Kim Son Quang
Kung-Fu from Kim Son Quang have connections from both northern and south Shaolin Kung-Fu. It has its roots all back to the 16th century from a chinese general who were a student at the northern Shaolin school. After he came in conflict with the king due to disagreements on politics, he took his family and moved to south china where he got training in south Shaolin Kung-Fu for many years.
While Shaolin from North had focus on kicks, south had focus on punching techniques. Since he now was wanted all over the country after his disagreement with the king he pulled techniques out from both south and north Shaolin Kung-Fu to protect his family. The technique became Kim Son Quang Kung-Fu and was only taught within his family.
In 1679 two generals from the chinese army who also have had disagreements with the Qing dynasty took theyre families and soldiers to south vietnam. He with his family followed this group to south vietnam.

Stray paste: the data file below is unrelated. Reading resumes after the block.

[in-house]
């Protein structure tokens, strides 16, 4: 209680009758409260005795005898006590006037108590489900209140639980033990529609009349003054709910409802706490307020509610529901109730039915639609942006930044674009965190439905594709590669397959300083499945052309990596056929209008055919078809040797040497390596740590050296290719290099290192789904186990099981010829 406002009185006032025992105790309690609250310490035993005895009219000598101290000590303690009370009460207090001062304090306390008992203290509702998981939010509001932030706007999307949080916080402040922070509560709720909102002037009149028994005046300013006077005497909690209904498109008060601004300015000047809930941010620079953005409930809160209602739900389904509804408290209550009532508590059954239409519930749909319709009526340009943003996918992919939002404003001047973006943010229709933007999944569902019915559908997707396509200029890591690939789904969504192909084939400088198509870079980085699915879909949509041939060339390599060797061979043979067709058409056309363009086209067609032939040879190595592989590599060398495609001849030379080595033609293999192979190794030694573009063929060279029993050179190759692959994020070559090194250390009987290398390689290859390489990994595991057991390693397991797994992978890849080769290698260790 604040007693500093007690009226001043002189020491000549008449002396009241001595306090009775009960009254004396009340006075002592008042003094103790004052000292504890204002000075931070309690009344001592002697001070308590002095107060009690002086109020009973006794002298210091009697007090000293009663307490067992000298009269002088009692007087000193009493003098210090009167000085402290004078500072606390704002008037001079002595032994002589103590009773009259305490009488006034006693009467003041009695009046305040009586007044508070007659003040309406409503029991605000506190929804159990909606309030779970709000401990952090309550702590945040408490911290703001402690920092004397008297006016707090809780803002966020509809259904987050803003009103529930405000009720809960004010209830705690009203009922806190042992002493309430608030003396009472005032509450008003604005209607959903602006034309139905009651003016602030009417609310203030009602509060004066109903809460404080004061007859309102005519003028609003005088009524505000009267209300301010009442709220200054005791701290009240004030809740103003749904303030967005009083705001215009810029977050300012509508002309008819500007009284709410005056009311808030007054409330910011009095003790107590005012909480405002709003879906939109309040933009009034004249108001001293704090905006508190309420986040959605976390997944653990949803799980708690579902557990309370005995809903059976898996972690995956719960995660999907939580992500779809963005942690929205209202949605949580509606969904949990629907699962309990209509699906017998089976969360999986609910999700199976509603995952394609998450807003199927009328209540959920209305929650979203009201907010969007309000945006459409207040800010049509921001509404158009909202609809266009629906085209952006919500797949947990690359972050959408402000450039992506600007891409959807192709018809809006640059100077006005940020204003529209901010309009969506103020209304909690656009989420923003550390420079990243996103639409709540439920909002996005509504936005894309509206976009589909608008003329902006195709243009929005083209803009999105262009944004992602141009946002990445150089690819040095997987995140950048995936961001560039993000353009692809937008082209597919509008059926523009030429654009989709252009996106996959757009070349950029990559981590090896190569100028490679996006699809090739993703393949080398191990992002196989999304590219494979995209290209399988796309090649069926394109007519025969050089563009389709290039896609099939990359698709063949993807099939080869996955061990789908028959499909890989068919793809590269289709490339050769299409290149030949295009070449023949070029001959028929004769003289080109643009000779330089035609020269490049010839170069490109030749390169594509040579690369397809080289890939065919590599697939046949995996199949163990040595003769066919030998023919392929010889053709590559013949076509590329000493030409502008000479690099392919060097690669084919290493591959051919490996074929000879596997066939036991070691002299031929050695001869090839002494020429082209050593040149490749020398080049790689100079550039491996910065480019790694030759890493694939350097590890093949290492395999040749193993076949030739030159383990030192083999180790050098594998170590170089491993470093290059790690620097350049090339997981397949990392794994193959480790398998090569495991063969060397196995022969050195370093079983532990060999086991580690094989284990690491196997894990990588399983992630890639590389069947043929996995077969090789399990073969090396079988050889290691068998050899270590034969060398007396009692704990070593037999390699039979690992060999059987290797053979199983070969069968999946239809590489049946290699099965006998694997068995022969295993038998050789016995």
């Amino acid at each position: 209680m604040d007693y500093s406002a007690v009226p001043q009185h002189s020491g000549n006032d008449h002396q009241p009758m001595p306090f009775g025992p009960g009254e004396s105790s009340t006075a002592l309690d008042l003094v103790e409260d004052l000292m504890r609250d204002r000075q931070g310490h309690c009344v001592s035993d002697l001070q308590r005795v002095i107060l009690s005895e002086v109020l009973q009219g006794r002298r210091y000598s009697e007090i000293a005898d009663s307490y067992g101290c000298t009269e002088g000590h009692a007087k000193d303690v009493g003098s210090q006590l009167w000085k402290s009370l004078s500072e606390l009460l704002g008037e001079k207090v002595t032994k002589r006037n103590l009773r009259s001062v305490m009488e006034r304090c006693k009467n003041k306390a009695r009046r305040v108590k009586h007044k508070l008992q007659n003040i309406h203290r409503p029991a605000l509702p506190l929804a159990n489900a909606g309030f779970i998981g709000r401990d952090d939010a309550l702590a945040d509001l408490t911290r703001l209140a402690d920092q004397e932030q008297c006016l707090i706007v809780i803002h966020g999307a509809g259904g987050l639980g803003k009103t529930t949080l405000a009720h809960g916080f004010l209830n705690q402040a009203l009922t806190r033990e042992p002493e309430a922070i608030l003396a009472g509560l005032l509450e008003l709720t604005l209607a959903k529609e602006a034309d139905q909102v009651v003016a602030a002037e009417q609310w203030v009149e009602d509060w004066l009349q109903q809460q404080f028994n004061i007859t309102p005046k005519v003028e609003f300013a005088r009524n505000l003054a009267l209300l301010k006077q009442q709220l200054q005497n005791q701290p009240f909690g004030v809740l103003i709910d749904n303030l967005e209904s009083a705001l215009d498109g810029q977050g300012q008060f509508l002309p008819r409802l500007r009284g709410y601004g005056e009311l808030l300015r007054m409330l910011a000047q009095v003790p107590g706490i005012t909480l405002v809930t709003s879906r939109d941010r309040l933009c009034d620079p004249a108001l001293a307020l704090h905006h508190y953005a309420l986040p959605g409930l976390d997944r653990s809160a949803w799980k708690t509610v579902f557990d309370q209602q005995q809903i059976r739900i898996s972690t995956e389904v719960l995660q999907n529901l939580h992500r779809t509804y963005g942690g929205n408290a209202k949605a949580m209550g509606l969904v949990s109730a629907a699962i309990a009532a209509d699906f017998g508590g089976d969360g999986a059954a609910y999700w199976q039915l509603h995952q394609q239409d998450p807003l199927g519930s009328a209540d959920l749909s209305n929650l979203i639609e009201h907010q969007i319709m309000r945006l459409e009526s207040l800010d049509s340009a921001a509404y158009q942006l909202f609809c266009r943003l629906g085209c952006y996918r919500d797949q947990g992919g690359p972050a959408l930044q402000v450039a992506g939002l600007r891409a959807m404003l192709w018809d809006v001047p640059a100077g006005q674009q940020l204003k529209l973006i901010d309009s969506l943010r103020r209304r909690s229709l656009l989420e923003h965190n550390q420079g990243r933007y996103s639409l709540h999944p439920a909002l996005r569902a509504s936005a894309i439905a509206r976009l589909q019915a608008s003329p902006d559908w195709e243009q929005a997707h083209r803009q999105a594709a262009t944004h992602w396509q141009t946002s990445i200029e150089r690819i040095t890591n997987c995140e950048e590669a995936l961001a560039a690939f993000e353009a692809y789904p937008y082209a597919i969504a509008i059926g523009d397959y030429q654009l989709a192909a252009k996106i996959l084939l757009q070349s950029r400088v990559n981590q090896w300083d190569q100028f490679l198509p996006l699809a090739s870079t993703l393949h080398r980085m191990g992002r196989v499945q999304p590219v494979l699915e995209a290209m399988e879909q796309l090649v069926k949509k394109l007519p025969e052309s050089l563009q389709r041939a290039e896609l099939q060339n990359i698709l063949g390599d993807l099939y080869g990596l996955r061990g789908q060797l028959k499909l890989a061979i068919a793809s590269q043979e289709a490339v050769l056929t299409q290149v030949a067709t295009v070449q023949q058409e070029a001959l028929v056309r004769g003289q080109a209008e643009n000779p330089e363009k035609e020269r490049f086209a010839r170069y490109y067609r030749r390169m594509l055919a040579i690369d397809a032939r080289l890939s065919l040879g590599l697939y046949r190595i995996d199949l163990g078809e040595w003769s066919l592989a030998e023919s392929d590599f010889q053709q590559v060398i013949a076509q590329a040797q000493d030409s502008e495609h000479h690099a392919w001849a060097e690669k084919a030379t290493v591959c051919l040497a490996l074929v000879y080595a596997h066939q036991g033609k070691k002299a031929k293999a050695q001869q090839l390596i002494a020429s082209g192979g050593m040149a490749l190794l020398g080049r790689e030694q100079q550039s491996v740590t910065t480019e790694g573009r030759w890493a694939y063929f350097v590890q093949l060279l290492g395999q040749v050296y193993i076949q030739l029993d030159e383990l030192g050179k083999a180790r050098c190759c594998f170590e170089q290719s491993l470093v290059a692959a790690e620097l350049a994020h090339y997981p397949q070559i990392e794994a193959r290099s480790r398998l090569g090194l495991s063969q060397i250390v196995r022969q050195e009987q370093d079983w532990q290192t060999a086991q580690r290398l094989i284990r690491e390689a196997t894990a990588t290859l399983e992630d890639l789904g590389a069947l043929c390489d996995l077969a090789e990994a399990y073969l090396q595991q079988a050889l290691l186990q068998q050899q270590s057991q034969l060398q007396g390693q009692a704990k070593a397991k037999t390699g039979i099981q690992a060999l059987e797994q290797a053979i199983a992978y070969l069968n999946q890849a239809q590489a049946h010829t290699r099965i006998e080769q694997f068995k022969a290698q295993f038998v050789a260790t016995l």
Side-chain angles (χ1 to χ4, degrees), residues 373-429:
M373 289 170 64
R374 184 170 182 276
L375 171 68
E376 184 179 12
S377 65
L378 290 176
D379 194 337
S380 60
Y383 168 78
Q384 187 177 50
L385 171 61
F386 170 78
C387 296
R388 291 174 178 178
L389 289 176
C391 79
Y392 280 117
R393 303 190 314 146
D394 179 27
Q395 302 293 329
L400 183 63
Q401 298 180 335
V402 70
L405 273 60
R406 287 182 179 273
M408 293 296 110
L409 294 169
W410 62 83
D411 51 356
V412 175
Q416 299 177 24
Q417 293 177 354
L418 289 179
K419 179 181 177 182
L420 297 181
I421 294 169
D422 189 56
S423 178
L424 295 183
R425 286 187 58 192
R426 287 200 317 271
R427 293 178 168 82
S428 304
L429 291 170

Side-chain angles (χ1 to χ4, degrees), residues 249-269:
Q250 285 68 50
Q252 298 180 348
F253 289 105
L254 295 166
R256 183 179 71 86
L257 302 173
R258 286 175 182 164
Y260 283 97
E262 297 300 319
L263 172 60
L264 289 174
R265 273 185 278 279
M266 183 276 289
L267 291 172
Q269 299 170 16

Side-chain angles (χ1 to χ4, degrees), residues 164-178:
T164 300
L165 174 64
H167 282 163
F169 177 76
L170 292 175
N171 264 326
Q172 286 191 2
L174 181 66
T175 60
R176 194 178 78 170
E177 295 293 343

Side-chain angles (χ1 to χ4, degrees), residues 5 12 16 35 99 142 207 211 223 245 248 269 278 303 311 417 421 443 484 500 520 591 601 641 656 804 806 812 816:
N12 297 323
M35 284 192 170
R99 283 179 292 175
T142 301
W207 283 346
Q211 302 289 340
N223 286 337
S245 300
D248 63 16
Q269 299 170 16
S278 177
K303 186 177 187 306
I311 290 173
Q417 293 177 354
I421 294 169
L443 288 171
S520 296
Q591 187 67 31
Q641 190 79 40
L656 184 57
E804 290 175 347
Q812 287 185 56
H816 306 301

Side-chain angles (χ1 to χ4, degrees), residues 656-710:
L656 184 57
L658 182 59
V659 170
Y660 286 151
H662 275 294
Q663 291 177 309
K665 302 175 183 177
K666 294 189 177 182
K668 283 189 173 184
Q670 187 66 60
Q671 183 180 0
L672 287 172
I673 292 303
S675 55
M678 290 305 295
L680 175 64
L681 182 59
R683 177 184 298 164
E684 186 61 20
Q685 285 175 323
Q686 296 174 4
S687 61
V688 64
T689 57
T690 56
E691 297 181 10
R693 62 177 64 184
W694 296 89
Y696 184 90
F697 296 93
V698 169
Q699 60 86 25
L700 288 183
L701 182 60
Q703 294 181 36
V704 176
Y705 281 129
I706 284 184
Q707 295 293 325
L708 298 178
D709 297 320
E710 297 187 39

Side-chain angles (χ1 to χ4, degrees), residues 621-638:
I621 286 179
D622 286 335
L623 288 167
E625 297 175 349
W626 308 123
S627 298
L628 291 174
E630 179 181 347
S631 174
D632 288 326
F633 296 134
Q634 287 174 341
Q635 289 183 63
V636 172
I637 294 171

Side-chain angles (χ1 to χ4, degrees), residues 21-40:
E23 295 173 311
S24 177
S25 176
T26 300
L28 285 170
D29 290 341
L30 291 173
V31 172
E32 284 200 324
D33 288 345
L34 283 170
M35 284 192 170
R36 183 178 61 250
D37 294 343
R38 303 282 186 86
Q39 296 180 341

He continued on to teach Kim Son Quang to hos family and was taught from father to son for many decades. Master Diep was taught this technique from his uncle as his father was too busy with the military. Master Diep is now teaching this secret technique for the first time to someone outside the family, as a gift to the norwegian people after beeing saved in the middle pacific ocean by a norwegian ship when he moved to Norway.
• Means gold, which cannot be burnt by fire, nor is it scared of ageing. • Also means yellow, which symbolise the noble, humble, friendly and polite.
• Symbolise a great and mighty mountain, which gives you a sense of awe as you stand in front of it.
• Is the halo flaring above the mighty golden mountain.
The sacred golden mountain reflects the user of Kim Son Quang Kung Fu. He shall use his pure power, sense of justice and friendliness to make a weapon to defeat his enemy; mentally, nothing can make such a person think or act wrong, and physically, no decease can destroy the body of such a person.
This is how they thought in China long ago, and this is what master Diep tries to convey to Norwegians today.
• Symbolise the pure power.
• Is for honesty, politeness and friendliness.
• Symbolise victory, but also that we all have red blood inside and are equal as humans.
• Is for the enduring, patient and self-controlling.
• Means that we will always be on the round Earth, and that we always get back what we give.